I’ll admit it: I do not hate Laura Bush.
I know this fact probably merits my expulsion from several liberal-minded social groups, but hear me out. I don’t think she’s stupid, and I don’t think it’s fair to call her a Stepford wife. I am deeply disappointed in her refusal to publically dissent from her husband on issues where they certainly disagree (abortion rights, education funding, many issues concerning women and children), but I don’t think that makes her an completely impotent force in the White House. The fact is that she probably is a mostly impotent force, but she has pushed for various educational and literacy initiatives, which, though they are considered “soft” issues in political circles, are nonetheless important. Does she have the kind of life that I’d want? No. Do I think it’s pathetic that she abandoned her own political beliefs when she married her George? Sure. But I think she’s a strong person, and I think she’s smarter than many liberals (and conservatives, for that matter) give her credit for.
And now, she’s championing women’s rights in the mid-east. Only she’s utilizing a pretty poor strategy.
I’m all for pushing women’s rights — in the mid-East and everywhere else. But when the Bush administration does, for example, a survey of all mid-East countries and rank their dedication to women’s rights, they look like they’re specifically attacking one particular region — which, of course, they are. Are many mid-East and North African countries particularly bad on women’s rights issues? Yeah, in truth, they are. But this administration isn’t concerned about women’s rights unless it’s politically expedient. We’re in the good company of countries like Iran, Sudan and Somalia in our refusal to sign CEDAW, and Bush’s domestic record on women’s rights isn’t exactly peachy. So sending Laura Bush into other countries — countries where we have demonstrated a profound lack of cultural, social and religious understanding — spouting her short-sighted, highly Westernized version of women’s rights will no doubt leave a pretty bad taste in the mouths of many people there. They know it isn’t particuarly genuine, and no one likes a hypocrite.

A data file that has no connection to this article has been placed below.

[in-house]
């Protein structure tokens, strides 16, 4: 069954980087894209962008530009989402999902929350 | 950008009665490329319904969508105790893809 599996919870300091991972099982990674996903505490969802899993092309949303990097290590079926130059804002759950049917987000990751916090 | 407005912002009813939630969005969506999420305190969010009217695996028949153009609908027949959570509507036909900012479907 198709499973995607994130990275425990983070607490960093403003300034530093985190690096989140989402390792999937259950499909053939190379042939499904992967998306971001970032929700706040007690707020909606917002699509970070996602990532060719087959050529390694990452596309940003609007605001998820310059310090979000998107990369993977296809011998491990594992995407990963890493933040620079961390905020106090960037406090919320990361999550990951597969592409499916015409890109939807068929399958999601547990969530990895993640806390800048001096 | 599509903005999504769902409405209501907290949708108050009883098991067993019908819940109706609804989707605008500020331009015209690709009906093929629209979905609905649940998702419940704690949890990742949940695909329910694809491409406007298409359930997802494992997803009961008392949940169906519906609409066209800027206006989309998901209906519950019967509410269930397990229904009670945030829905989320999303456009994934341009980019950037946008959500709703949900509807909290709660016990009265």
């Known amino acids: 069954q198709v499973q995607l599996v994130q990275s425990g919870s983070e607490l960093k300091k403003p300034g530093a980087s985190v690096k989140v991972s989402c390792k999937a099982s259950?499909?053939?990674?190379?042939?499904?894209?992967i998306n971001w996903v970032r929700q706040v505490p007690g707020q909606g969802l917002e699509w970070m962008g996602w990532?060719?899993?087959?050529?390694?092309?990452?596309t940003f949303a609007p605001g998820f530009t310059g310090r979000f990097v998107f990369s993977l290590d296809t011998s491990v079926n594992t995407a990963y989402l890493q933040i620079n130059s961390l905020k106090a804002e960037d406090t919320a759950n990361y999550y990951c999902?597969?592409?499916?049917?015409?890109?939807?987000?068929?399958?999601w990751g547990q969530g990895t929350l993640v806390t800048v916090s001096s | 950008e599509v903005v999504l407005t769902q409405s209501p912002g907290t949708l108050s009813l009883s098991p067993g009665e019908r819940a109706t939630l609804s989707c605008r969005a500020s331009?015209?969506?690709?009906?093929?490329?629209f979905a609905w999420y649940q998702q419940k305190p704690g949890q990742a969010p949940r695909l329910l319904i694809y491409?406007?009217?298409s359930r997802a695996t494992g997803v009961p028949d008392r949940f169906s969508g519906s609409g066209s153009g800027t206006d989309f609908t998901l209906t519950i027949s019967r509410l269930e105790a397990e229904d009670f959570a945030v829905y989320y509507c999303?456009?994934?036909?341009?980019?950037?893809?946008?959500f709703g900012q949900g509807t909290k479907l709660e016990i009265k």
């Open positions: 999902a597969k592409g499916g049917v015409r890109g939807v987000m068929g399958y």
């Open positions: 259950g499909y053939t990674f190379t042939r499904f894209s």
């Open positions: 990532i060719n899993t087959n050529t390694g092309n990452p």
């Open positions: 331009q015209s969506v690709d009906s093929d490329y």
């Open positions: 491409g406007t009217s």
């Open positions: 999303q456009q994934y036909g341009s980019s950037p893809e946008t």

That said, it is better than nothing. But I’m also afraid that this will backfire. The war on Iraq has brought up so much anti-Americanism that anything we do is going to be looked at skeptically, and in an effort on behalf of mid-Eastern nations to be “not America,” women’s rights may only be lessened. Middle Eastern countries, and the people in them, feel as if they are under attack from the United States — from what I can tell, there seems to be a sense that we’re out to change their culture, their religion, their forms of government and their social structures. And when people feel as if their way of life is under attack, they’re more likely to cling to all vestiges of it more tightly. In this case, that may include the history of poor treatment of women under authoritatian governments and Sha’ria law. So while I’m cautiously glad that the Bush administration is even mentioning women’s rights, I’m disgusted that it’s only being done as part of their war-mongering in the mid-East, and that they’re ignoring women’s rights issues everywhere else, while actively violating women’s rights at home and abroad.